Alexandria native Nate Burkey had contemplated one day playing for the U.S. National soccer team. Now the 26-year-old is competing on the international stage, just not the way he expected.
Burkey went from teaching at Mary McLeod Bethune Public Charter School in Washington to greeting adoring fans as a member of the Azkals, the Philippines national soccer squad, in a span of weeks.
Its unreal, Burkey said in an interview via Skype while waiting to catch a flight to Germany. Growing up in the States, you see and hear about the [soccer] fans in Europe or South America, but you dont see it in the U.S. Here, its ridiculous.
Burkey got his start on the pitch at four years old, following his older brother, Jonathan, into the sport. Jon was a natural athlete, recalled their mother, Manilena Payos, but Burkey couldnt be kept from the field.
Nate just tagged along during games and [practices], Payos said via email. At first he would play with the younger siblings of the players and next thing I know he was kicking balls and doing the same drills that Jon was learning.
Burkey stayed with the sport, playing for T.C. Williams before heading to Louisburg College in North Carolina where he was named an Adidas All-American in 2004. He finished his undergraduate degree at Virginia Commonwealth University and hoped for a professional contract but it didnt pan out.
A tryout for a Belgium team went nowhere and a later chance at a spot on a second division Bulgarian team also ended in rejection.
Despite the setbacks, Burkey remained committed to soccer.
I did do showcases my senior year and had some tryouts and was planning to go overseas but that didnt work out at that time, he said. Whether I was going to play professionally or not I kept playing.
Payos admits being more concerned about her son finding a stable job after graduation than pursuing his soccer career. She had introduced her young sons to the sport after the death of their father and saw it as a way to return the family to normalcy rather than leading to a career.
But Burkey, splitting time playing for local teams, coaching kids and teaching, kept thinking about the Azkals translated, it means street dogs a team hed heard accepted American and English athletes with Filipino heritage. Hed known about them since 2005, but hadnt been able to stay in contact with the international squad half a world away.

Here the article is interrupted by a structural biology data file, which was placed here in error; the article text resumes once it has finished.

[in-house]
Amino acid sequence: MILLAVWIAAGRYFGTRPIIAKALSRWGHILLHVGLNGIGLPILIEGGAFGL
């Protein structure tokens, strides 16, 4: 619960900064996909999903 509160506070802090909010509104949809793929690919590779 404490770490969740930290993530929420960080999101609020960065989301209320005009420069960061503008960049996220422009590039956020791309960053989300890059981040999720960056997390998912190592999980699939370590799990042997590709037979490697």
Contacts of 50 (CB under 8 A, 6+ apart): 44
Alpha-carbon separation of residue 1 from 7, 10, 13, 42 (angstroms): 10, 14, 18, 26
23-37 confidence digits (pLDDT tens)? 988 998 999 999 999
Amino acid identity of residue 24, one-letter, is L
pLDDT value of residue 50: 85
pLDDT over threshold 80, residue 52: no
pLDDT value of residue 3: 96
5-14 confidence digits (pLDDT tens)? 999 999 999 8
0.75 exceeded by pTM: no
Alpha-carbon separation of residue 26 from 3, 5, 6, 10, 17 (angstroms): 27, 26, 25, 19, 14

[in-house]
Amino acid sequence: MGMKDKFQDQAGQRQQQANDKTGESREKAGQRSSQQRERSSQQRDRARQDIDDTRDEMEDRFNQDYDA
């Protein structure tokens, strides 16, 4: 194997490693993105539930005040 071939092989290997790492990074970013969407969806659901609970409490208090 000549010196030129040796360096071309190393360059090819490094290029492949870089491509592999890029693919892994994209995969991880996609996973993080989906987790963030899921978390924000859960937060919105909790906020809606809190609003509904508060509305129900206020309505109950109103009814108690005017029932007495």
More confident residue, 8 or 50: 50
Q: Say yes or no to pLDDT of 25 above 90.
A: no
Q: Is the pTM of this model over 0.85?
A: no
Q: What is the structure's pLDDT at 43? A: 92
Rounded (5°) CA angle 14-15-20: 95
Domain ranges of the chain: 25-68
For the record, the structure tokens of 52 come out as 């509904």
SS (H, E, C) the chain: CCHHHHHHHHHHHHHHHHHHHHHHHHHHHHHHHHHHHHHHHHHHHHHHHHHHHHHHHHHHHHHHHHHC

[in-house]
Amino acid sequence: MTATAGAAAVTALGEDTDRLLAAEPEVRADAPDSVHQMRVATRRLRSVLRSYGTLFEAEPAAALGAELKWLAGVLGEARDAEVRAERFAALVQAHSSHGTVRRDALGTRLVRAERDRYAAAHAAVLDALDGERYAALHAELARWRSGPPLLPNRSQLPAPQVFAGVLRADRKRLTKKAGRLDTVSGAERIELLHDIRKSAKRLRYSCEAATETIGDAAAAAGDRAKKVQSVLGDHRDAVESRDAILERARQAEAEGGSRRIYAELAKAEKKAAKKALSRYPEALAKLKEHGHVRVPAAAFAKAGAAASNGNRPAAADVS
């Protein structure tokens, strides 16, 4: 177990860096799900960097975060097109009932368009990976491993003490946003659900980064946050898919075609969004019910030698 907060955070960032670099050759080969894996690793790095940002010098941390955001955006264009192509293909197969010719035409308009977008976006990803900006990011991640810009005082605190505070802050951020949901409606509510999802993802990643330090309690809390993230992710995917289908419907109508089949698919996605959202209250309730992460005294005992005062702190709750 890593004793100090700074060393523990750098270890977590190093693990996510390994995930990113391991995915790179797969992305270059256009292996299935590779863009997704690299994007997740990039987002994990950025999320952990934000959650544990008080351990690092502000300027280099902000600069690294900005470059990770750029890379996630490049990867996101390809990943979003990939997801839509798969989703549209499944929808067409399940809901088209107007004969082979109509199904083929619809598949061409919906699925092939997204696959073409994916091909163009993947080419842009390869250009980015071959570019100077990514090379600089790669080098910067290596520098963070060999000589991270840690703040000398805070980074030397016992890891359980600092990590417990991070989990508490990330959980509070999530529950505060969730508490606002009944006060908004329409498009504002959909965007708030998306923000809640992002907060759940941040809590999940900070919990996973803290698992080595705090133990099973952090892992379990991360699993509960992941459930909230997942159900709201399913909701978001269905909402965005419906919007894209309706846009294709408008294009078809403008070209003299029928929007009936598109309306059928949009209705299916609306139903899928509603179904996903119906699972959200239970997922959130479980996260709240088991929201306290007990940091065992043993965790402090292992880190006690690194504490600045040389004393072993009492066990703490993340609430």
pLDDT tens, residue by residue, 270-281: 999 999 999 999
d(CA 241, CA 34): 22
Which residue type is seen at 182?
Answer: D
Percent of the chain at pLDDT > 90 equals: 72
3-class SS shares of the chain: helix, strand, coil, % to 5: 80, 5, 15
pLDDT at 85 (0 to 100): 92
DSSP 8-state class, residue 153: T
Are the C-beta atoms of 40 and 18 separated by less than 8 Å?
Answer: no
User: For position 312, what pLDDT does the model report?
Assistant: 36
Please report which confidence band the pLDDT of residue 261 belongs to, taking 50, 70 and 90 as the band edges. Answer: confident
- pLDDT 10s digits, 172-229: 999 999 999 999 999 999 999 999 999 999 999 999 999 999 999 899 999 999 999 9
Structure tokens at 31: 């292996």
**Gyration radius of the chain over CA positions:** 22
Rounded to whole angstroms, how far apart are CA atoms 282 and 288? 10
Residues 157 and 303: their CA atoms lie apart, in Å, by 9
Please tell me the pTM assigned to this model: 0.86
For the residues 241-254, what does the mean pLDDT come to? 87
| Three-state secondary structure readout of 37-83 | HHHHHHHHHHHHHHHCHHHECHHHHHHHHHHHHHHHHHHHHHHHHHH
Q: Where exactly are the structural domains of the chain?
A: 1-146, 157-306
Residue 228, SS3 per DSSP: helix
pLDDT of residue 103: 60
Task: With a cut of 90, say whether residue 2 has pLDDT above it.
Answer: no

That changed when Payos went home in February. With some family help, she was able to get Burkey the right contact information. After sending a few emails, Burkey traded in his frequent flyer miles and headed to a country hed visited just a handful of times for training camp.
Fast forward a few weeks and Burkey had resigned his teaching position, trading in the chalkboards and textbooks for cleats and shin pads. Whenever the squad arrives in a new town, the red carpet is rolled out. Fans come to cheer, local officials shake their hands and they get a police escort.
Its been a whirlwind, he admitted.
Its a complete life change, he said. Its not really something I wanted or dreamed of doing, but now that its here, its a dream come true.
Still, his recent success came with sacrifice though Burkey would be loath to phrase it as such. He gave up his job, moved away from his family and friends and is getting by with a stipend provided by the national squad. While he signed a contract with a local professional team, its not what he would be making back in the U.S.
You cant pass on once-in-a-lifetime opportunities, Burkey said.
I was living in the U.S. and making money, but spending a lot more money, he said. Out here, its not as much money, but Im doing what I love. Im making money and Im living very comfortably and its like Im working, but it doesnt feel like Im working.